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N_09R00103 Datasheet(PDF) 6 Page - AVX Corporation
AVX [AVX Corporation]
2.2.5. Voltage – Current curves V (l)
These curves describe the behavior of the voltage drop V
measured across the NTC as the current l through the NTC
They describe the state of equilibrium between power
resulting from Joule effect and dissipated power in the
surroundings. (Figure 4)
Figure 4 – Voltage – current curve V (l)
Several zones can be identified:
– low current zone
dissipated energy only produces negligible heating and
the curve V (l) is almost linear.
– non-linear zone
the curve V (l) displays a maximum voltage Vmax for a
current lo.This maximum voltage Vmax and the temper-
ature Tmax reached by the NTC under these conditions
can be determined by using the equations:
P = V
(T - Tamb)
R = Ramb • exp B (1/T - 1/Tamb)
Tmax = B/2 -
B2/4 - BTamb ~ Tamb
(Tmax - Tamb ) • Ramb exp
1 - 1
is the dissipation factor and Tamb is the ambi-
– high current zone
for higher currents, an increase in temperature of the
NTC decreases the resistance and the voltage more
rapidly than the increase of the current. Above a certain
dissipated power, the temperature of the NTC exceeds
the permissible value.
2.2.6. Current – Time curves l(t)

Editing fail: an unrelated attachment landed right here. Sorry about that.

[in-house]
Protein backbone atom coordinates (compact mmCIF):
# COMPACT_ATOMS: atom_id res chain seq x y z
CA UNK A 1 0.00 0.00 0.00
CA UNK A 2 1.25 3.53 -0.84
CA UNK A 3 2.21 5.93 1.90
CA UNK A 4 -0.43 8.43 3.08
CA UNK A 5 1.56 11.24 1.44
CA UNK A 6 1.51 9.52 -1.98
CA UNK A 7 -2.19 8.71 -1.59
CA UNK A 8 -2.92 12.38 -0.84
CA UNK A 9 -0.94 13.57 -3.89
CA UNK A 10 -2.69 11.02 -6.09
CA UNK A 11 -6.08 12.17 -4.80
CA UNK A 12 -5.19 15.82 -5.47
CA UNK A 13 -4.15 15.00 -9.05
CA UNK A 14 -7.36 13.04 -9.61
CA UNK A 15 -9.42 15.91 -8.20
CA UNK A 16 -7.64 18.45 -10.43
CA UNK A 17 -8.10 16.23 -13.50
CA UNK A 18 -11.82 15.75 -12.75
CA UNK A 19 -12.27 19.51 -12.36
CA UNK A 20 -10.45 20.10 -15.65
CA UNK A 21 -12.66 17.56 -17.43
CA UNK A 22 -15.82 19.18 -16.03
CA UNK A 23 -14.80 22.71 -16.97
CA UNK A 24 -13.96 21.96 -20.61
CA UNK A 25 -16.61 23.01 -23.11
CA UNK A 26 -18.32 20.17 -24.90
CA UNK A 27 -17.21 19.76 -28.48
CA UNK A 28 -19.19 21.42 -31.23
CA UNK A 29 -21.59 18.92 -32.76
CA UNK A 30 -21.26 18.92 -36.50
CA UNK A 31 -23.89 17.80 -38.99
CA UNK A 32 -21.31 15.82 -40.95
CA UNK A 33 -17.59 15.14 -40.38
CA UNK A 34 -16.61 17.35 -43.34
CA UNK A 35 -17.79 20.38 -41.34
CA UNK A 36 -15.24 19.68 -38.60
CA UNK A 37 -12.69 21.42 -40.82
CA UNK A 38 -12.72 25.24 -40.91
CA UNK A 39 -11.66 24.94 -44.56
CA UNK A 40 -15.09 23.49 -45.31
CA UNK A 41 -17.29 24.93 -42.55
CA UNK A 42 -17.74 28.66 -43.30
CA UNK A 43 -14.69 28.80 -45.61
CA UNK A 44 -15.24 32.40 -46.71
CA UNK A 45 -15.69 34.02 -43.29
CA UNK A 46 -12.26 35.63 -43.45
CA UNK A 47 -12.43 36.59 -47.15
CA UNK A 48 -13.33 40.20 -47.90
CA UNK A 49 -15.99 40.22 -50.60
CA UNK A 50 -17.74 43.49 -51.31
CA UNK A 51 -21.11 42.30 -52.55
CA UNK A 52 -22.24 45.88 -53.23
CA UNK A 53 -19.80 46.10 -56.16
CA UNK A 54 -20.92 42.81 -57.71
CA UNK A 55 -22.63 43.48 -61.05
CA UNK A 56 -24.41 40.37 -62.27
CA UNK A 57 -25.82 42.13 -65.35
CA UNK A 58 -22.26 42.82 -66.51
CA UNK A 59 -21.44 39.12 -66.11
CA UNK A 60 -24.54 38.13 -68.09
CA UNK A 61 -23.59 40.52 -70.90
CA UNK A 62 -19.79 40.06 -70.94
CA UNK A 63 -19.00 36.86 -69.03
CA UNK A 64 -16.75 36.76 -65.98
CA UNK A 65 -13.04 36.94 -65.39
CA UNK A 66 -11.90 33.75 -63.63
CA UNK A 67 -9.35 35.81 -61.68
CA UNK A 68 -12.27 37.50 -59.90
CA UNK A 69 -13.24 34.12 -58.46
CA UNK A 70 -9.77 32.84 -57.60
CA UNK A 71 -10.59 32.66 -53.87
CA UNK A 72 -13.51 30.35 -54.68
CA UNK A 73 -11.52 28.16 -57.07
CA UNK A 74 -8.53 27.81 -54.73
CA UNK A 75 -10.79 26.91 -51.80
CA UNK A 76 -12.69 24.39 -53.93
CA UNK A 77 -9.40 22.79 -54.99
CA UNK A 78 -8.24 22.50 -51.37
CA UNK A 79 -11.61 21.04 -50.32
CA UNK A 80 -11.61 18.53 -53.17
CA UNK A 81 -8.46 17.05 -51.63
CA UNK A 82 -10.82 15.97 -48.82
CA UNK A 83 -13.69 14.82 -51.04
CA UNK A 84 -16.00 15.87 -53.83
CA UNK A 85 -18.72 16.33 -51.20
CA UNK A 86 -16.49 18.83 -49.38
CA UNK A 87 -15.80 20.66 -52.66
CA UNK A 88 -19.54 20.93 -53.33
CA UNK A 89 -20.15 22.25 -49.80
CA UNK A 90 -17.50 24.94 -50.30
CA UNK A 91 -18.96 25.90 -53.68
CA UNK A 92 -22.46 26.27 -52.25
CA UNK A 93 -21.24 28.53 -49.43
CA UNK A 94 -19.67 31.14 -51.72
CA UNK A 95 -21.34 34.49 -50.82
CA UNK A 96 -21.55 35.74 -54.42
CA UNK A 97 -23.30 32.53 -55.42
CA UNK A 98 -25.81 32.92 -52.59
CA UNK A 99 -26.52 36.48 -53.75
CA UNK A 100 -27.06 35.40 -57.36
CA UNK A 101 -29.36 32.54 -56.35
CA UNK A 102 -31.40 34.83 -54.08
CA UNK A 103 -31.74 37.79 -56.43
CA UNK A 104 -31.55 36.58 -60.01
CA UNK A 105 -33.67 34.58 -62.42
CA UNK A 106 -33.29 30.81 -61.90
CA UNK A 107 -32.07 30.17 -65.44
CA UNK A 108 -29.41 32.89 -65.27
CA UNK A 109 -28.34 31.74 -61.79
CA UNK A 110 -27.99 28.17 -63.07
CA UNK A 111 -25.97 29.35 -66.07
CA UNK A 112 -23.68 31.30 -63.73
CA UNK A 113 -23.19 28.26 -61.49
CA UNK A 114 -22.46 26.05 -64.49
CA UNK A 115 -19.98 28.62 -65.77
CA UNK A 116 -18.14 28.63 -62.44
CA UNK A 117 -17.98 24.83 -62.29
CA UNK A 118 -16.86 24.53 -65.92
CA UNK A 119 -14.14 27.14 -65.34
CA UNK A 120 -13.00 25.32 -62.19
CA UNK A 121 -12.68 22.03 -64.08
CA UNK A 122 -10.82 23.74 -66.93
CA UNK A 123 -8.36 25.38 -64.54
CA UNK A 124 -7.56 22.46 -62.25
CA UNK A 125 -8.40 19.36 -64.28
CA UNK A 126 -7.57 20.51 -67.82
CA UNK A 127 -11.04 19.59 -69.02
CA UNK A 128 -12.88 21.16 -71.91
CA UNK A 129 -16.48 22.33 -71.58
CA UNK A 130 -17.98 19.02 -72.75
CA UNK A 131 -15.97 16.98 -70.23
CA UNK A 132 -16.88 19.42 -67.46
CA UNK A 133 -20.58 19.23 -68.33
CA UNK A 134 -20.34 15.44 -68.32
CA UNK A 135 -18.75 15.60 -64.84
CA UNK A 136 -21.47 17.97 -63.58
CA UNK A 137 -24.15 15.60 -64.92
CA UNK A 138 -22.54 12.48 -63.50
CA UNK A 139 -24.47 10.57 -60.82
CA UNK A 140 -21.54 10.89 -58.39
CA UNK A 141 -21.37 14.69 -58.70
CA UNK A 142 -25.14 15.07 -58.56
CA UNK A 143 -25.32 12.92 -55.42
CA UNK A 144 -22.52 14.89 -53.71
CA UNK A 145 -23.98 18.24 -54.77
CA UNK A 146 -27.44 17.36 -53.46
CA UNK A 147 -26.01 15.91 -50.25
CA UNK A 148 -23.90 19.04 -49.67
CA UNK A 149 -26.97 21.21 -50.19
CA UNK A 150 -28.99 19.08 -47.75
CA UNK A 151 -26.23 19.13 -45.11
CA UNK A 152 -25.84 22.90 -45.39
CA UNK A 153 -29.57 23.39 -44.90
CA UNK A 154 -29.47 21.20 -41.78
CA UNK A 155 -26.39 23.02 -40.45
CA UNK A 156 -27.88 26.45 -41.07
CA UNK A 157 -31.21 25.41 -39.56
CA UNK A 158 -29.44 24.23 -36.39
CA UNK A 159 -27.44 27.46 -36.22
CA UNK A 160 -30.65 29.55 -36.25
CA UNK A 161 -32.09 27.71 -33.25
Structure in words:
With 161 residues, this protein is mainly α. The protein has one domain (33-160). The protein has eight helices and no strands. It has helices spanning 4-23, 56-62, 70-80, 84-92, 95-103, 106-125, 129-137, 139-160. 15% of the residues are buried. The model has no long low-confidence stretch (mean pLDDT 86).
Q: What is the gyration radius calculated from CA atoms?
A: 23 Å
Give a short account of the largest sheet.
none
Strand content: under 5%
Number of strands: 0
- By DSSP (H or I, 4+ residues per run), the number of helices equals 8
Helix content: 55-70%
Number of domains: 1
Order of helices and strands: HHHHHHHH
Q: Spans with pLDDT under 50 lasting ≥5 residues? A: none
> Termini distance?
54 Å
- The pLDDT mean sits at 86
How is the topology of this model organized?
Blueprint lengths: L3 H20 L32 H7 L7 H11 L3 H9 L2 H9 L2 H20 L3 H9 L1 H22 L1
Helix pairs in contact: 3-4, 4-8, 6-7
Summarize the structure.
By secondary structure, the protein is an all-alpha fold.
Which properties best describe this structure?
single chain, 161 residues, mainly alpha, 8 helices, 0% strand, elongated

When voltage is applied to a thermistor, a certain amount of
time is necessary to reach the state of equilibrium described
by the V(l) curves.
This is the heating up time of the thermistor which depends
on the voltage and the resistance on one side and the heat
capacity and dissipation on the other.
The curves l(t) are of particular interest in timing applications.
2.2.7. Thermal time constant
When a thermistor is self-heated to a temperature T above
ambient temperature Tamb, and allowed to cool under zero
power resistance, this will show a transient situation.
At any time interval dt, dissipation of the thermistor
( (T – Tamb)dt) generates a temperature decrease –HdT,
resulting in the equation:
dT = -
(T - Tamb)H
The solution to this equation for any value of t, measured
from t = 0, is:
n (T - Tamb) = -
(To - Tamb)H
We can define a thermal time constant
expressed in seconds.
Where the time t =
(T - Tamb) / (To - Tamb) = exp - 1 = 0.368
expressing that for t = , the thermistor cools to 63.2% of the
temperature difference between the initial To and Tamb (see
According to IEC 539 our technical data indicates
sured with To = 85°C, Tamb = 25°C and consequently
T = 47.1°C.
Figure 5 – Temperature – time curve T(t)
2.2.8. Response time
More generally, it is possible to define a response time as the
time the thermistor needs to reach 63.2% of the total
temperature difference when submitted to a change in the
thermal equilibrium (for example from 60°C to 25°C in
silicone oil 47V20 Rhodorsil).
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